me and the finishd double-sided scarf
as you probably know, anna maria horner's little folks and dance line is my favorite fabric EVAH. all year long i've been saving up and buying small amounts all piecemeal like only to end up hoarding the stuff big time when i realized i still didn't have enough for every single project i wanted to make. yep, i'm in total covet mode and yep, i'm laughing at myself right now.
one of those projects is the double-sided scarf like the one featured in the promo photos for when the line first came out. she's since put out some kits for making these with other voiles from the line (and i'm thinking of getting one of the velveteen kits for the figure-8 scarf for my upcoming birthday...), but not any with the square dance and i thought that, to make my fabric stretch further for more projects, i could make one of these scarves with the the 6 inch squares instead of the 12 inch ones as featured and only 1 fat quarter of the pastry line cut from the width of the fabric instead of the length (double bonus: this way your dobby dots will run the same way on either side too!)...and tada! the double-sided AMH "on the cheap" scarf was born!
you can make a large version with the 12" squares or a smaller accent scarf with the 6" squares as i've done
now the concept and steps are totally simple so even beginner sewists can accomplish a scarf such as this one with minimal tools and experience. materials are as follows:
-1 fat quarter of the pastry line fabric in your chosen color
-1 panel of the square dance fabric in your chosen color
-thread (matching is nice for the hand stitched knot at the end)
-scissors (pinking shears are helpful but not absolutely necessary)
(if you don't have one or just lose track of things as i do sometimes, a chopstick works well. o, the wisdom i have to impart!)
-iron and ironing board
first off, you'll need to cut 1 strip of the square dance panels (that's a row of 8 squares for the 6" size) with a 1/4 inch seam allowance going around the whole thing (it may be a smidge tight on the long sides but you'll have a bit extra on the ends). i found measuring exact lengths for this material unnecessary since you can just follow the lines around each square and still be as exact as you need to be.
second, you'll cut two strips from the fat quarter of the pastry line fabric. each strip should be 27 1/2 x 7 inches which will use it up perfectly with some scrap leftover for patchwork projects! your pastry lines should run perpendicular to the length of the strip so that your dobby dots mimic the direction of those on the square dance fabric. even if you have the new printing of these fabrics, which do not have the lovely little dobby dots, i still prefer this placement of the fabric as it shows off the pastry lines quite nicely.
as you can see in the above photo on the right, i've cut and sewn my two strips of pastry line fabric together (right sides facing when you sew) right in-between the lines so that the seam is barely visible when you're wearing it. neat, huh? if you wanted to make one of these scarves that is double the length, you would just do this for two lengths of the square dance fabric and 4 lengths of the pastry line fabric.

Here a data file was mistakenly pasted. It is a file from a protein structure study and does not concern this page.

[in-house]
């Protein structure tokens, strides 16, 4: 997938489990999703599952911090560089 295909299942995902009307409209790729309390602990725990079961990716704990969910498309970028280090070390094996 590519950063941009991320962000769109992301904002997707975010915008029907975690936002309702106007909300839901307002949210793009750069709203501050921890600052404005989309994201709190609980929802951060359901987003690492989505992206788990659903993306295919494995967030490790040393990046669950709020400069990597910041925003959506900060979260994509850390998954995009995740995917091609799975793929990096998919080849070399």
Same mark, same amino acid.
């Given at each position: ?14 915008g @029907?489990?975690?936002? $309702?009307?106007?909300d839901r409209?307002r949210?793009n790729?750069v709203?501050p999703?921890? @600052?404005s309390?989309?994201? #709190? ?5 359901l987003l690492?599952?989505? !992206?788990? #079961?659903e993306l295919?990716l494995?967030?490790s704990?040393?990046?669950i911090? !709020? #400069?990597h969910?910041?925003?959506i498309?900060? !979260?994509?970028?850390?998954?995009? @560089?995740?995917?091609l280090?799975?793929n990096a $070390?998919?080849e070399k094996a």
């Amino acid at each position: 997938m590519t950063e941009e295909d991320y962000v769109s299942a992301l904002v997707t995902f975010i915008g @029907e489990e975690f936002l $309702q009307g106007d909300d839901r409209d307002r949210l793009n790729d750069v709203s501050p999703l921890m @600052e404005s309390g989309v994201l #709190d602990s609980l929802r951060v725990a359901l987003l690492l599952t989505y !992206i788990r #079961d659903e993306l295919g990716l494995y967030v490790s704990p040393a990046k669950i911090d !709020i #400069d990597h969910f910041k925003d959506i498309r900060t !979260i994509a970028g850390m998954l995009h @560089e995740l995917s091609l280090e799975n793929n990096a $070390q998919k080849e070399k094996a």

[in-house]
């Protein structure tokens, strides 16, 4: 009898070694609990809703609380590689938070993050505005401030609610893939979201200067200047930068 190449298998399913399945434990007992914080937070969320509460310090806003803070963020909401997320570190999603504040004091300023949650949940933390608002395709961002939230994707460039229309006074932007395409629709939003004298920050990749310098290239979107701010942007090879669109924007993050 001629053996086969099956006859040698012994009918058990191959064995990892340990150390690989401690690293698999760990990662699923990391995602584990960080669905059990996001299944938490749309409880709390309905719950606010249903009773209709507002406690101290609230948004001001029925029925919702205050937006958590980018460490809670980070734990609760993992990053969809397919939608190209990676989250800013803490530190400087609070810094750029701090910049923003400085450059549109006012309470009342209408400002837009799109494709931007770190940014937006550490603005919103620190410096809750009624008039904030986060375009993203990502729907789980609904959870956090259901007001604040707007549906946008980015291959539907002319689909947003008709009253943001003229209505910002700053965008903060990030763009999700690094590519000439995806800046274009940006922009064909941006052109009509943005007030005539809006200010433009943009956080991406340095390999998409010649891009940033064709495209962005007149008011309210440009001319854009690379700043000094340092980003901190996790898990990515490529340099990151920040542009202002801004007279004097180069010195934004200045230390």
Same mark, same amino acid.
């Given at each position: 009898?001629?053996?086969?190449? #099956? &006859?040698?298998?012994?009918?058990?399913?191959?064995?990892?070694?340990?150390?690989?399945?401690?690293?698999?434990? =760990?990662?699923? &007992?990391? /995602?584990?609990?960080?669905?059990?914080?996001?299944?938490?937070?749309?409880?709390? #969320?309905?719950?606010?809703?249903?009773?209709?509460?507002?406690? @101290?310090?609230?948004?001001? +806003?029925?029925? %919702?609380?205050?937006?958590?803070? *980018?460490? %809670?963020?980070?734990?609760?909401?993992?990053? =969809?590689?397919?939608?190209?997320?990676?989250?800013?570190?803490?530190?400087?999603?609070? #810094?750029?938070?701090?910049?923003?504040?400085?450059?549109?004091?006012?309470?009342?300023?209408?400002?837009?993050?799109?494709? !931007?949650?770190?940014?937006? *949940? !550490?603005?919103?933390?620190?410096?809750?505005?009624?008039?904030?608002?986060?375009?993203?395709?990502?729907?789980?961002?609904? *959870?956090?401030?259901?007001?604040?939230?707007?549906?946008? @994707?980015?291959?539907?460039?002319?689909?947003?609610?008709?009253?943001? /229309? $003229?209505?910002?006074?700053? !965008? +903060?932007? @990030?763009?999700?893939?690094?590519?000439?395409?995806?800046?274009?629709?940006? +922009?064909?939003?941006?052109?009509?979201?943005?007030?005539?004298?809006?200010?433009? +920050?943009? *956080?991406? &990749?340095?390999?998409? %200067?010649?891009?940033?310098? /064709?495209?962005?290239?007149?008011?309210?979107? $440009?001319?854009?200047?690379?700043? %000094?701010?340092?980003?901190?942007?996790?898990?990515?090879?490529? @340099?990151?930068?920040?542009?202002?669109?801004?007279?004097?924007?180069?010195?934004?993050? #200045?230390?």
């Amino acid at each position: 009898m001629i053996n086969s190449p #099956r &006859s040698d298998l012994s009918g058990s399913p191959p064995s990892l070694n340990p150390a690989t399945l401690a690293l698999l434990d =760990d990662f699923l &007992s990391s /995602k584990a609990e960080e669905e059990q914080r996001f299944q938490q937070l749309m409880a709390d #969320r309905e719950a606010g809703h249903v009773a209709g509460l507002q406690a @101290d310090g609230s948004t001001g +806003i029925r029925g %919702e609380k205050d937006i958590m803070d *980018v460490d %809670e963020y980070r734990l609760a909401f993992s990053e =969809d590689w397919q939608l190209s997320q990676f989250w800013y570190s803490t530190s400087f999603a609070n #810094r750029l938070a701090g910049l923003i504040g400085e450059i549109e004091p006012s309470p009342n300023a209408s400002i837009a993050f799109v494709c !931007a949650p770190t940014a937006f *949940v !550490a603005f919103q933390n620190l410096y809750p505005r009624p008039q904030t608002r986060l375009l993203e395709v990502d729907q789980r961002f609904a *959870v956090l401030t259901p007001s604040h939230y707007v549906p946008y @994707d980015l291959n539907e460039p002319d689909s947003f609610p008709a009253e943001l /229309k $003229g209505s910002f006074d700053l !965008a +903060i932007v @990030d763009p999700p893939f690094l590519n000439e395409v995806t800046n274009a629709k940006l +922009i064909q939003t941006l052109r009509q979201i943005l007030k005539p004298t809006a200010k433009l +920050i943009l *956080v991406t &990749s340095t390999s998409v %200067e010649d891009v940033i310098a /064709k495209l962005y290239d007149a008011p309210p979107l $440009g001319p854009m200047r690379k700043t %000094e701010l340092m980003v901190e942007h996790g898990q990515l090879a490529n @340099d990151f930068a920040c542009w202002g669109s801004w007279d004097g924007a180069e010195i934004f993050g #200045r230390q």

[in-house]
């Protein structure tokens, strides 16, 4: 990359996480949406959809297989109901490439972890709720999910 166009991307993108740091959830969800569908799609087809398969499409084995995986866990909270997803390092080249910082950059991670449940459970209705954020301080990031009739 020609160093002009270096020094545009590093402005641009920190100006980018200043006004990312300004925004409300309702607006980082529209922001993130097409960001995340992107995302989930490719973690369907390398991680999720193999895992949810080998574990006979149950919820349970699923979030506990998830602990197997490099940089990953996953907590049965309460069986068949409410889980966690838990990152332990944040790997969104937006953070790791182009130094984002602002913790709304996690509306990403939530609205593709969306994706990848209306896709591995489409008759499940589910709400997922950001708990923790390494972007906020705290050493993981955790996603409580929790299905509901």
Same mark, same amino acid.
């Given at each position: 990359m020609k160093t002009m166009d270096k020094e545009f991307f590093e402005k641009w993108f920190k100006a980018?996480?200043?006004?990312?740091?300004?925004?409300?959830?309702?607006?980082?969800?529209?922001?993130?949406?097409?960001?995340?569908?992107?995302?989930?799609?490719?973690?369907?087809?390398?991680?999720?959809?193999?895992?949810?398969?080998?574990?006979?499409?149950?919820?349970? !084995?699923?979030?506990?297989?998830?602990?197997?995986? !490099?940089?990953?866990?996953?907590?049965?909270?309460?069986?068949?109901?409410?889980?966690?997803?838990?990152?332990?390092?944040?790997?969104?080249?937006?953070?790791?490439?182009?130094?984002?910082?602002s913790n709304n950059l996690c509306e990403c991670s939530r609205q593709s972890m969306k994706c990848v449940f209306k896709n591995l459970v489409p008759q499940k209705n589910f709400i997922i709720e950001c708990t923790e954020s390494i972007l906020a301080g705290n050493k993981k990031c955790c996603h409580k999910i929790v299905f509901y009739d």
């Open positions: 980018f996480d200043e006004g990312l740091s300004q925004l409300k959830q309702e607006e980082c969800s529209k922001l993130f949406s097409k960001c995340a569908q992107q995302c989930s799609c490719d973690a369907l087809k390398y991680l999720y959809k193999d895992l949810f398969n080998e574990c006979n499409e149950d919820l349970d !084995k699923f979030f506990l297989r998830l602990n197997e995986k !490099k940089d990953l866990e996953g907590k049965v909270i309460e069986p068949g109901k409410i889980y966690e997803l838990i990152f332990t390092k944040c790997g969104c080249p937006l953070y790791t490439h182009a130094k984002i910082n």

now, place the right sides of your fabric together and pin it so nothing shifts and gets wonky while you're sewing such a long strip of slippery material. sew both long sides and one of the ends shut with a 1/4 seam allowance (making sure to backstitch at each corner to secure your stitches). since the amount of fabric on the edge of the squares can be a bit tight, pinking your edges is a smart safety measure to take here.
the voile is a bit more buttery than what i usually sew with and i've learned now to take the tension on my machine down just a tad when working with it from now on.
wah-lah: you've got an inside-out tube looking thing with one open end now...you are going to look great! but better if you follow the last few steps, i promise.
on that last open end, begin to sew as if you were going to close it up like the other end. instead of going all the way across though, only sew about 2 inches in from the corner on each side, still making sure to anchor your ends by backstitching on the machine. this will leave you with an app. 2" opening and nicely uniform corners. go ahead and trim off the corners diagonally to reduce on bulk leaving about 1/8 of an inch between your corner seam and your cut so that it won't unravel on you.
now you are ready to turn it right-side-out through that 2" opening at the end. use your point turner (or chopstick..just nothing too sharply pointed) to make sure your corners are completely turned out.
once that's done, use your fingers to flatten the seam, pressing with the iron as you go. go ahead and also press that opening flat with the seam allowance toward the inside so that you have a straight edge. you can use the ladder stitch to close it (also known as a blind stitch), sewing along the inside of the seam allowance as shown above. the knot is the only thing that will show on the outside so that's why i recommend matching thread. it's great practice and one of my favorite stitches.
when that's done, so is the scarf!